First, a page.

In part, the book fulfills this authors long time desire to have a hard copy "field guide" version of this website for use by archaeologists (and others) by having at least the dating portions available in printed form to take to the field. Beyond that the book includes more information about historic bottle identification (typology), bottle production, and more than can be summarized here.
The book is available at www.lulu.com at the following link: Baffle Marks and Pontil Scars. It is available softbound with either black & white or color images. It is also available as a downloadable PDF file.
All proceeds from sale of this book go
directly to benefit the work of the
ADDITIONAL IMPORTANT INFORMATION
Makers Markings Logo Tables
As a part of the above noted "Encyclopedia of Manufacturers Marks on Glass Containers" project is the completion of the "Makers Markings Logo Tables" by the BRG - a major milestone in assisting with the dating of historic bottles. This alphabetical listing of specific embossed bottle/glass containers makers markings includes the marks used by various bottle/glass making companies in the United States and Canada as well as some in England and Mexico. The actual makers marking "logos" are listed along with the name of the company that used the marking, the date range for the use of that marking, and the makers marking article(s) that cover that particular marking and maker. These tables taken as a whole constitute essentially a "quick reference" dating guide to the makers markings found on historic bottles!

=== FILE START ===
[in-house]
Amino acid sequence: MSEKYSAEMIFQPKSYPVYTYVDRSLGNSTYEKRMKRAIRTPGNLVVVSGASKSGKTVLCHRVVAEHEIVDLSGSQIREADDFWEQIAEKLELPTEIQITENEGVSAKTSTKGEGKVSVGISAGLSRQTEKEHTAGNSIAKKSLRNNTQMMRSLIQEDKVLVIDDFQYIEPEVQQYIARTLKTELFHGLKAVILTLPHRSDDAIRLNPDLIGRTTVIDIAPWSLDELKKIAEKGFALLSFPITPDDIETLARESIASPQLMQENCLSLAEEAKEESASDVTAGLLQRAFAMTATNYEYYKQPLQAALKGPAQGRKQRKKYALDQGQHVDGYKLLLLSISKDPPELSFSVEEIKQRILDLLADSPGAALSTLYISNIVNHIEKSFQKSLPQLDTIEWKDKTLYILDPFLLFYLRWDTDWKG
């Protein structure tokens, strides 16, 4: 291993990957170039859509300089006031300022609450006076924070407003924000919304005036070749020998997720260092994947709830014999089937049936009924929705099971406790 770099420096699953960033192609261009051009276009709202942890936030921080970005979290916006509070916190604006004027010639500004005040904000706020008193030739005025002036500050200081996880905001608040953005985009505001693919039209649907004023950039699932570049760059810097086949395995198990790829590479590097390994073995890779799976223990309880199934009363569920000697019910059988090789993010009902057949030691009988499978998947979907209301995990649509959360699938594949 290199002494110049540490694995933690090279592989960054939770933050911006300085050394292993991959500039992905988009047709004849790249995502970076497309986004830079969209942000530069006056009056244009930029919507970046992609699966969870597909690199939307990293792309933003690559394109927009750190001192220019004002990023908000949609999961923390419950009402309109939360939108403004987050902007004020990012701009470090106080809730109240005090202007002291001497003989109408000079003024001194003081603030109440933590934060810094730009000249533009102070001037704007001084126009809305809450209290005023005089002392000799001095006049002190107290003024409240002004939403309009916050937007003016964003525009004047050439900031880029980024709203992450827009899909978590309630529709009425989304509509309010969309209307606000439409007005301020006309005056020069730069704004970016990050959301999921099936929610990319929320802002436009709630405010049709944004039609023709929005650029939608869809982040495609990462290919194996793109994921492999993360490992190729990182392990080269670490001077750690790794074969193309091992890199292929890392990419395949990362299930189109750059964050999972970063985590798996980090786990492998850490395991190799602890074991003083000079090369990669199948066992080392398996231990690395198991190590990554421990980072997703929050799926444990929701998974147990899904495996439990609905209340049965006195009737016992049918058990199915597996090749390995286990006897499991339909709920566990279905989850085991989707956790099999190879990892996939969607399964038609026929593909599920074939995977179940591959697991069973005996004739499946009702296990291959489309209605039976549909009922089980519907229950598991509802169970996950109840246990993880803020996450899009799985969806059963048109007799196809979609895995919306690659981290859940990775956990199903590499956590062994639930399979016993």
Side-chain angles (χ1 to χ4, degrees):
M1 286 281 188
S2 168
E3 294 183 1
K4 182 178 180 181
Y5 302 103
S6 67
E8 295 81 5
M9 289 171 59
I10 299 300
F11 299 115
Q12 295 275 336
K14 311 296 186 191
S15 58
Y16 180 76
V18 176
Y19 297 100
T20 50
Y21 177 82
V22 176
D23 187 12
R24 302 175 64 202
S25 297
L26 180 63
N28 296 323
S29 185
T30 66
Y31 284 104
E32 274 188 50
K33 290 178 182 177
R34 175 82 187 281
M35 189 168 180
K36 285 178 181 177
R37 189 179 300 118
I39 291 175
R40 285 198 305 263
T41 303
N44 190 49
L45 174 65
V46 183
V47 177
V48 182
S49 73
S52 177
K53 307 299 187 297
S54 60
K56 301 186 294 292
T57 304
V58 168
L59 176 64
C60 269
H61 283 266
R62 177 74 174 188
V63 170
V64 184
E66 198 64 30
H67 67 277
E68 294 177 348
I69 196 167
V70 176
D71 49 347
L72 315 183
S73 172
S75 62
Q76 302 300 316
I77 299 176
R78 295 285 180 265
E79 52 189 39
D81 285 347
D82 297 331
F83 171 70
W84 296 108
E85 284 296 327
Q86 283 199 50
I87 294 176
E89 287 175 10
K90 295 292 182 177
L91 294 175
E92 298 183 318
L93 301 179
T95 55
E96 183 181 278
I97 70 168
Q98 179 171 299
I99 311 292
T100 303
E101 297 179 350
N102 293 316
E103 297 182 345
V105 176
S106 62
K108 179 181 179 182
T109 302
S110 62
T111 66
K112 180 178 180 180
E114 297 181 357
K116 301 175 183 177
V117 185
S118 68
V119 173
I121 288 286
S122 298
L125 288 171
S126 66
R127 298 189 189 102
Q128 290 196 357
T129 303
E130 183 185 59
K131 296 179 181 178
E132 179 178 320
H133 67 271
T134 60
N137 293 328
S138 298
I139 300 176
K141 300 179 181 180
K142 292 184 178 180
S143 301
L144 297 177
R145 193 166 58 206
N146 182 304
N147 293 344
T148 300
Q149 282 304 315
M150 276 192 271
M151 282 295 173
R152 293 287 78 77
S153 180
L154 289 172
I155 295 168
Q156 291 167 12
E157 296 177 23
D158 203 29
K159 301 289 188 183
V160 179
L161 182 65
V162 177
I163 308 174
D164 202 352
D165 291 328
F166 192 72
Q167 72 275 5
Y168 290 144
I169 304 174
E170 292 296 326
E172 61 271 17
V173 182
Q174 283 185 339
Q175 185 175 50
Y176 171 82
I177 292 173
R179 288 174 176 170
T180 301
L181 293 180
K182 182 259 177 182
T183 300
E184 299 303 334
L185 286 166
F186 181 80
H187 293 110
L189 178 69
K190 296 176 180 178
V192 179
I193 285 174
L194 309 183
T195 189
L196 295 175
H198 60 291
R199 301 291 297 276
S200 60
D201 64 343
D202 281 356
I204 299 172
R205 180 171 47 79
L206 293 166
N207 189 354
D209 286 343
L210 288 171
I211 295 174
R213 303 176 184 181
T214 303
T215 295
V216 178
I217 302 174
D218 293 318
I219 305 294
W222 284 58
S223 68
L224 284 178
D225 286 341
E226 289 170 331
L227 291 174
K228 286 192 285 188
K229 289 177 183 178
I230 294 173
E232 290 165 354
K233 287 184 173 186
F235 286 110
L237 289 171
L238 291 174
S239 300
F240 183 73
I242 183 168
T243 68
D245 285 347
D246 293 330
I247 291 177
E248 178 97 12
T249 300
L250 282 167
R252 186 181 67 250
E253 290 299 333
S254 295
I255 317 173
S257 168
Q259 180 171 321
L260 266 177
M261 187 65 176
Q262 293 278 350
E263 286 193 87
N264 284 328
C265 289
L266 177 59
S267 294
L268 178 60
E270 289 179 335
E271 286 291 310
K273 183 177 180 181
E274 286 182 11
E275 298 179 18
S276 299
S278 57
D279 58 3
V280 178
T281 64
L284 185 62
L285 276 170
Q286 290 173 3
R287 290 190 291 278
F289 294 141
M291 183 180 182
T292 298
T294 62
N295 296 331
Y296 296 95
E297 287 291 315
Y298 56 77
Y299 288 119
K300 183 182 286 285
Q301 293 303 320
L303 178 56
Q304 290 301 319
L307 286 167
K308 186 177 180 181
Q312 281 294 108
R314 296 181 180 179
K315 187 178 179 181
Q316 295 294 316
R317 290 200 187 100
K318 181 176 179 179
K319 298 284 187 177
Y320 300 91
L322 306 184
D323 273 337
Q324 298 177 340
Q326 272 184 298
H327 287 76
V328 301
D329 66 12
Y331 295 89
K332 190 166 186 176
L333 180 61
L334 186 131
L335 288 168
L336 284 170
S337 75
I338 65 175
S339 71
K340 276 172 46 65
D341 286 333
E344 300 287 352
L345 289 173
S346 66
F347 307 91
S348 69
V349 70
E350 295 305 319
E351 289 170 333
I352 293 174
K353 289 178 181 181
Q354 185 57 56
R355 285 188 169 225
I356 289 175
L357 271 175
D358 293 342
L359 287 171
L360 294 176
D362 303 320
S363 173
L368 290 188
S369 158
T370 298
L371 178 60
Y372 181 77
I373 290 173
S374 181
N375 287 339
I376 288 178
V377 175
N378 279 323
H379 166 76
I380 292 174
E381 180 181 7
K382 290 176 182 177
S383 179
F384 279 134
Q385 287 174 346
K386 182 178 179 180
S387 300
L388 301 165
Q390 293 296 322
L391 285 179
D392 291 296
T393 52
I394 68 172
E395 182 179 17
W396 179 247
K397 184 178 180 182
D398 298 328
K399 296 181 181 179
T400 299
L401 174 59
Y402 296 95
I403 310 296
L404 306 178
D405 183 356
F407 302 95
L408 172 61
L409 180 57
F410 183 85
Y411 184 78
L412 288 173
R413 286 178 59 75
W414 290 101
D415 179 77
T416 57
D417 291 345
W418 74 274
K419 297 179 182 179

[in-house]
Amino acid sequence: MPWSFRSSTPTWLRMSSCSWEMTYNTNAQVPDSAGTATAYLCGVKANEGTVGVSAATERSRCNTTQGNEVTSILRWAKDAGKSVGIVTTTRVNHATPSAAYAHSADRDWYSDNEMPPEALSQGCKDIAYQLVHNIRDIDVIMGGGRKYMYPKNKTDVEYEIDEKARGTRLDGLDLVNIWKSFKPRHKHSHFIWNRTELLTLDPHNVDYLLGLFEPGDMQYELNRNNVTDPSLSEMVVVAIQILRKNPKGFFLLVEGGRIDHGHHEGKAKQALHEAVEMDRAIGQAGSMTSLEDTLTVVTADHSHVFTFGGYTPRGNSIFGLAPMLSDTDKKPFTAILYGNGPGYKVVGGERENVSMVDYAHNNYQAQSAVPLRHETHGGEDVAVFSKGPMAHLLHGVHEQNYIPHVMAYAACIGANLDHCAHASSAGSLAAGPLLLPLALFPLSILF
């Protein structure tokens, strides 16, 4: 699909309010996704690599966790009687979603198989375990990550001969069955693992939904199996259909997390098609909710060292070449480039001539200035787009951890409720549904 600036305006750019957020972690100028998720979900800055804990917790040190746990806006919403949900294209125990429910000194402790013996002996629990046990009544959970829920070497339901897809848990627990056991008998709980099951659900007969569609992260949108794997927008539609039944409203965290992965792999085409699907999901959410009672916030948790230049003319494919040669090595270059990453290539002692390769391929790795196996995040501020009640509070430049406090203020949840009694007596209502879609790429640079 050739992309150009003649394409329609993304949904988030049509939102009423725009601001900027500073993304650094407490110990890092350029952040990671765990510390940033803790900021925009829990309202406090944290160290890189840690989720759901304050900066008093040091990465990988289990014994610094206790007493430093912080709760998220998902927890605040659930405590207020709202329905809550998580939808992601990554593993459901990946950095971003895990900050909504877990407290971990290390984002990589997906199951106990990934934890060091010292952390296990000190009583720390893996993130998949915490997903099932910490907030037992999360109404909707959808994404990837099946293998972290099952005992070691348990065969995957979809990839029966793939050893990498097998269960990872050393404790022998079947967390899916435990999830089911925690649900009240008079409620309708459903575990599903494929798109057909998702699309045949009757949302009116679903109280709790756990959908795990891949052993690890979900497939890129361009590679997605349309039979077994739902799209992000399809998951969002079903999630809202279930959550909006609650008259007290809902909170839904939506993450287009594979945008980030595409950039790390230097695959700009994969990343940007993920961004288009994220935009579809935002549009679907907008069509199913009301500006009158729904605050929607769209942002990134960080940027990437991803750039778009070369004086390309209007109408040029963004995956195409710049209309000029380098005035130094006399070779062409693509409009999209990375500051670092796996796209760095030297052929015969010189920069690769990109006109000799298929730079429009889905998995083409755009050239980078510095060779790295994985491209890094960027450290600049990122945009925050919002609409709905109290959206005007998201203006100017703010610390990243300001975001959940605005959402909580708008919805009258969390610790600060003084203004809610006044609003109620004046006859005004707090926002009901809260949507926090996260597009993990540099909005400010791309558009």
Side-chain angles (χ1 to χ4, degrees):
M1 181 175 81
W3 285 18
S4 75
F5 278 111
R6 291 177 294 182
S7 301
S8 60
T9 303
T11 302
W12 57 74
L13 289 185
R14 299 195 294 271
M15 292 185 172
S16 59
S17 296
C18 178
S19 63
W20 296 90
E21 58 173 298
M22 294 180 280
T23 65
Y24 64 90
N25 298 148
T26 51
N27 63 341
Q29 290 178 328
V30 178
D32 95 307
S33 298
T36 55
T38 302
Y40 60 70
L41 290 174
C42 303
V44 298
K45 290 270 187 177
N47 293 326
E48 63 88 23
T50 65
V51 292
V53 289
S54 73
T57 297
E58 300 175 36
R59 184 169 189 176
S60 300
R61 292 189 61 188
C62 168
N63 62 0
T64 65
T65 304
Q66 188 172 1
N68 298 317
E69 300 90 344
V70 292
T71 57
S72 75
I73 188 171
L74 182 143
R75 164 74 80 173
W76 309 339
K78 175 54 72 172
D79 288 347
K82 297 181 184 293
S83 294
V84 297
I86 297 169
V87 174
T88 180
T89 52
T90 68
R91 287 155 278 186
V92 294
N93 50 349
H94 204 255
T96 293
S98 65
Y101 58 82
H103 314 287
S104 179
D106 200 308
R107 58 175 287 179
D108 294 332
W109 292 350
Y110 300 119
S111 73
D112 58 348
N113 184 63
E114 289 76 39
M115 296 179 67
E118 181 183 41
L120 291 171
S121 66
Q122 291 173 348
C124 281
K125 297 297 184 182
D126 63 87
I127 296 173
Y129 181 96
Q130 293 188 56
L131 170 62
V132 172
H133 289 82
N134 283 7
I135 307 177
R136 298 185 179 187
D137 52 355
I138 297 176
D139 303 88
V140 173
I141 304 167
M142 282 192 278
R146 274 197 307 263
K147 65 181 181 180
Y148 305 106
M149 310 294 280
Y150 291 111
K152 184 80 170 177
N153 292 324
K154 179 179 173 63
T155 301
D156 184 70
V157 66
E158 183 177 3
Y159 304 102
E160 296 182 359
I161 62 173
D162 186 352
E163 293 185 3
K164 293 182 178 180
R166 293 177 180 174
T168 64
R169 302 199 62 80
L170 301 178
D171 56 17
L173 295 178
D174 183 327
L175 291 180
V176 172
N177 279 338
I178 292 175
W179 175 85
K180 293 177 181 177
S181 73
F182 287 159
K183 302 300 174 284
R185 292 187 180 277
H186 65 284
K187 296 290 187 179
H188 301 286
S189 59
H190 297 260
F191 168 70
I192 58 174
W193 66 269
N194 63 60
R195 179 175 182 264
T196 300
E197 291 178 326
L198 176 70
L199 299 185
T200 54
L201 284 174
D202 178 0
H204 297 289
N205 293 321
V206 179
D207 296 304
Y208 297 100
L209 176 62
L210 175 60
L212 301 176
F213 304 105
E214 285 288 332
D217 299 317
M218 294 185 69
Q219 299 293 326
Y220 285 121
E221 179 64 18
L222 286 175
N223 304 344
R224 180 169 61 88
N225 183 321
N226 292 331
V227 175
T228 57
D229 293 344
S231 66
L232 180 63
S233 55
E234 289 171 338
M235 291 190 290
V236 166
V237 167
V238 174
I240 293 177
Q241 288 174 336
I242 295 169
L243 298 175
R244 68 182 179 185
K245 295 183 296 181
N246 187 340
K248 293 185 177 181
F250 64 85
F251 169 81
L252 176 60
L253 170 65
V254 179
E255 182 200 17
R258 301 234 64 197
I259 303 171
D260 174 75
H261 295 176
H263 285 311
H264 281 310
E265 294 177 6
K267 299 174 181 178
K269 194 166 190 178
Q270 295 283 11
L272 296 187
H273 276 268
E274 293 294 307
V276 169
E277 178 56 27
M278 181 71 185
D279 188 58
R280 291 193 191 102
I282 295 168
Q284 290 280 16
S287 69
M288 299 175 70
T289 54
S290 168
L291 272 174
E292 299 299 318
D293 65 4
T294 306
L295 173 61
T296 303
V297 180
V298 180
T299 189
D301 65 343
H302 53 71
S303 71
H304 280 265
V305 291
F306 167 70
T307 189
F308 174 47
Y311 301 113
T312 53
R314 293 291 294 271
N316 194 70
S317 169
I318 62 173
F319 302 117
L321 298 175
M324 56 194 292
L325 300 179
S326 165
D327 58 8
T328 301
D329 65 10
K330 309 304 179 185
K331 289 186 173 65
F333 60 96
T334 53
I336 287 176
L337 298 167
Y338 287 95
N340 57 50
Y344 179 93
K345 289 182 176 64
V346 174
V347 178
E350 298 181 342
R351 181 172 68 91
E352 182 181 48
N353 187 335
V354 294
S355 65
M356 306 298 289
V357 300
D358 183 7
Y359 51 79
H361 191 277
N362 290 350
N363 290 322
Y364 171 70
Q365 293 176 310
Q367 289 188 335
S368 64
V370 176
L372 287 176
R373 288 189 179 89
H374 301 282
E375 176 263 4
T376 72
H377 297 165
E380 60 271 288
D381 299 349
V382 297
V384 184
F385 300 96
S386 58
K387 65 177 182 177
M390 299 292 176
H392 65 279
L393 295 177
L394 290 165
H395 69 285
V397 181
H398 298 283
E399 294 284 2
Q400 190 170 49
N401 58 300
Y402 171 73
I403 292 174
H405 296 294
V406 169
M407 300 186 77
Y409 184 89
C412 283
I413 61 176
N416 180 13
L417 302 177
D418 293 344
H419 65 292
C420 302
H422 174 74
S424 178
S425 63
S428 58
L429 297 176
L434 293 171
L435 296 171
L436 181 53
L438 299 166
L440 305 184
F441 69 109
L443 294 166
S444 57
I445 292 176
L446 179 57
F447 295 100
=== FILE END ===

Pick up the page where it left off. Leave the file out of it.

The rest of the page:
A comprehensive history & markings of the Owens-Illinois Glass Company
Questions pertaining to the products of the Owens-Illinois Glass Co. outnumber many fold the questions this websites' author receives about any other particular glass/bottle maker. The previous article(s) on the company posted on this website have also received significantly more user downloads than any other makers marking article. (Image to the right of an O-I produced beer bottle base.)